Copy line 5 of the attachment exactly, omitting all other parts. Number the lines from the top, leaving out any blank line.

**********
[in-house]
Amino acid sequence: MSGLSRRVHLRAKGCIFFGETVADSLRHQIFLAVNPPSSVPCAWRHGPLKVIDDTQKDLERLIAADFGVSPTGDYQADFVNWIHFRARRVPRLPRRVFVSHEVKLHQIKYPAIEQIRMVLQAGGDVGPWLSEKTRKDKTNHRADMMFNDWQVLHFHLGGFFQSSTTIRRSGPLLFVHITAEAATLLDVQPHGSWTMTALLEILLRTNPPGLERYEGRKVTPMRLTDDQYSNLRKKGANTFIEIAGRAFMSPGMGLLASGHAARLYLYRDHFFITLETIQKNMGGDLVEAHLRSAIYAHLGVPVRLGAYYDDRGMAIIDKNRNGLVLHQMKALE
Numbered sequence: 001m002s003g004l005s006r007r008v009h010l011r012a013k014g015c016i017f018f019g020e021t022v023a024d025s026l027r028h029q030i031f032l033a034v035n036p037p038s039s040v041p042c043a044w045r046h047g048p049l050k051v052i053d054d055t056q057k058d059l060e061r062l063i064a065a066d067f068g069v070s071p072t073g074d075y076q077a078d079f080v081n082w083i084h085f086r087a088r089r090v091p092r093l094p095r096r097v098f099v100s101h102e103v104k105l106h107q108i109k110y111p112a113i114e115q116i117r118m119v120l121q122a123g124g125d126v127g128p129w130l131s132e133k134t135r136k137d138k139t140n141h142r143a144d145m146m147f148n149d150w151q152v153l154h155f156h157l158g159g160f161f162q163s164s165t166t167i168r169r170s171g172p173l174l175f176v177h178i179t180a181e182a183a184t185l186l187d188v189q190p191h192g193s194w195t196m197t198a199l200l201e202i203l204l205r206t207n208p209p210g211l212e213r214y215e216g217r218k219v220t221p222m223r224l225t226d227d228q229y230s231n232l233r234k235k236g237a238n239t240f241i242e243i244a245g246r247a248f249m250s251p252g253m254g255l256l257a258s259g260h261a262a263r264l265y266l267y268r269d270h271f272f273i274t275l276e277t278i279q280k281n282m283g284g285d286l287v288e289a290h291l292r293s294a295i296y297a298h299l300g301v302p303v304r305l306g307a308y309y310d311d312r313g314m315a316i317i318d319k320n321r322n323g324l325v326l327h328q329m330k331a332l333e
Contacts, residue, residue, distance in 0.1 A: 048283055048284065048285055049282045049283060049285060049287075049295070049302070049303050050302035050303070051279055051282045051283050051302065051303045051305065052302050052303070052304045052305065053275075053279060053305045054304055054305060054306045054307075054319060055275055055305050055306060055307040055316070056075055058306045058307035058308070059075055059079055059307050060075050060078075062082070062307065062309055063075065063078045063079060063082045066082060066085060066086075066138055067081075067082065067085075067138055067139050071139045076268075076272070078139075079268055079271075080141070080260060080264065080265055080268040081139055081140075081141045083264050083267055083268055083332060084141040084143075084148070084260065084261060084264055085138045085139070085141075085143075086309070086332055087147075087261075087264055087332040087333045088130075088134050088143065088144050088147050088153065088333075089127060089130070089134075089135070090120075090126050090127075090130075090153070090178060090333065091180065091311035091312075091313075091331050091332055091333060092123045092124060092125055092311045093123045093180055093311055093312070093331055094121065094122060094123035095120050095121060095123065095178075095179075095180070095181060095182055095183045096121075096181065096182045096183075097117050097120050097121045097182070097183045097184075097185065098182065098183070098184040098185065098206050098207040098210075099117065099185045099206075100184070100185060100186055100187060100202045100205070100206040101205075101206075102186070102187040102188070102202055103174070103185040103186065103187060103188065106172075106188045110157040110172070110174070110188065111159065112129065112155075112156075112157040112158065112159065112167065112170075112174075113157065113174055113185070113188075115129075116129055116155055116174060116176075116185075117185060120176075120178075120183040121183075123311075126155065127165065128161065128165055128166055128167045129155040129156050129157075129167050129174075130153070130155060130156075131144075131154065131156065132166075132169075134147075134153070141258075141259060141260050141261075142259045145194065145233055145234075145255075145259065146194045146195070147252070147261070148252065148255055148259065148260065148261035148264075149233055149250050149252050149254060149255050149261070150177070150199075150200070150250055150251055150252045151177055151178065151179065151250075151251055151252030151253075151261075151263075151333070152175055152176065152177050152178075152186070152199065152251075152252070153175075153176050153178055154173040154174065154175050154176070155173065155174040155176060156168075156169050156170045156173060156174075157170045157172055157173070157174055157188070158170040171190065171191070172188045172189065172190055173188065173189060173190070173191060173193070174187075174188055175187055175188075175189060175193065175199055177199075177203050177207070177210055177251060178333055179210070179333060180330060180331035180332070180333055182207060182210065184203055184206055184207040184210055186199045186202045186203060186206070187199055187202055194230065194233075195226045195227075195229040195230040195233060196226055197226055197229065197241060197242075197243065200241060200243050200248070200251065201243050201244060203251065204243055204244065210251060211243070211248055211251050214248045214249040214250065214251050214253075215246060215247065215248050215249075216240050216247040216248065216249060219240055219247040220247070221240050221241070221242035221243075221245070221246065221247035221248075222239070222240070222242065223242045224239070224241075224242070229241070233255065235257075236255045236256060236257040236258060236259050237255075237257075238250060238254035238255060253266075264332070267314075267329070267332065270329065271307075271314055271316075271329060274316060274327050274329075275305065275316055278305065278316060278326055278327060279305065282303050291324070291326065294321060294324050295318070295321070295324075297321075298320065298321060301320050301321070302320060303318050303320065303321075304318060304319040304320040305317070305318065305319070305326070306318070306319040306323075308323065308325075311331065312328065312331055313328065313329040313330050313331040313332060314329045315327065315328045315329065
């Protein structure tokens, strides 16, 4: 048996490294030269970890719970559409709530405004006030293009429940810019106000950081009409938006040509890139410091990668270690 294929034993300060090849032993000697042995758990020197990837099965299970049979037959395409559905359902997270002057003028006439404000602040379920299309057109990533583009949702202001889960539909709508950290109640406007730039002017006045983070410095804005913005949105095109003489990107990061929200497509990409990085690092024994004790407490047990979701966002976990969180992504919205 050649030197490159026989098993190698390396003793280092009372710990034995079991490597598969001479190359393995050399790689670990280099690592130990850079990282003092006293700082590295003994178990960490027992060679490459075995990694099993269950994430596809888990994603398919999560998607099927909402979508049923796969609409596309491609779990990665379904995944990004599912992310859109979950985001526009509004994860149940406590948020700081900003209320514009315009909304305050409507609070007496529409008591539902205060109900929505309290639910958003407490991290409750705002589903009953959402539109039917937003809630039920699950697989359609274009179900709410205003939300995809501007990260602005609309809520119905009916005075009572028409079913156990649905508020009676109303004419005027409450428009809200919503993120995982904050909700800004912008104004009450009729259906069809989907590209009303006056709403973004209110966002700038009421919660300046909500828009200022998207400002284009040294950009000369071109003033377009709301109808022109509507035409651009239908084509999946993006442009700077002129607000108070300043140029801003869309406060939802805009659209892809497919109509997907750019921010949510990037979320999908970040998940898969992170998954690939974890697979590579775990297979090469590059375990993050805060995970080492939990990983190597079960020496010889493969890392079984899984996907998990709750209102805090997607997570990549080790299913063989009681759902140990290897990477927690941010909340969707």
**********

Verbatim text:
């Protein structure tokens, strides 16, 4: 048996490294030269970890719970559409709530405004006030293009429940810019106000950081009409938006040509890139410091990668270690 294929034993300060090849032993000697042995758990020197990837099965299970049979037959395409559905359902997270002057003028006439404000602040379920299309057109990533583009949702202001889960539909709508950290109640406007730039002017006045983070410095804005913005949105095109003489990107990061929200497509990409990085690092024994004790407490047990979701966002976990969180992504919205 050649030197490159026989098993190698390396003793280092009372710990034995079991490597598969001479190359393995050399790689670990280099690592130990850079990282003092006293700082590295003994178990960490027992060679490459075995990694099993269950994430596809888990994603398919999560998607099927909402979508049923796969609409596309491609779990990665379904995944990004599912992310859109979950985001526009509004994860149940406590948020700081900003209320514009315009909304305050409507609070007496529409008591539902205060109900929505309290639910958003407490991290409750705002589903009953959402539109039917937003809630039920699950697989359609274009179900709410205003939300995809501007990260602005609309809520119905009916005075009572028409079913156990649905508020009676109303004419005027409450428009809200919503993120995982904050909700800004912008104004009450009729259906069809989907590209009303006056709403973004209110966002700038009421919660300046909500828009200022998207400002284009040294950009000369071109003033377009709301109808022109509507035409651009239908084509999946993006442009700077002129607000108070300043140029801003869309406060939802805009659209892809497919109509997907750019921010949510990037979320999908970040998940898969992170998954690939974890697979590579775990297979090469590059375990993050805060995970080492939990990983190597079960020496010889493969890392079984899984996907998990709750209102805090997607997570990549080790299913063989009681759902140990290897990477927690941010909340969707």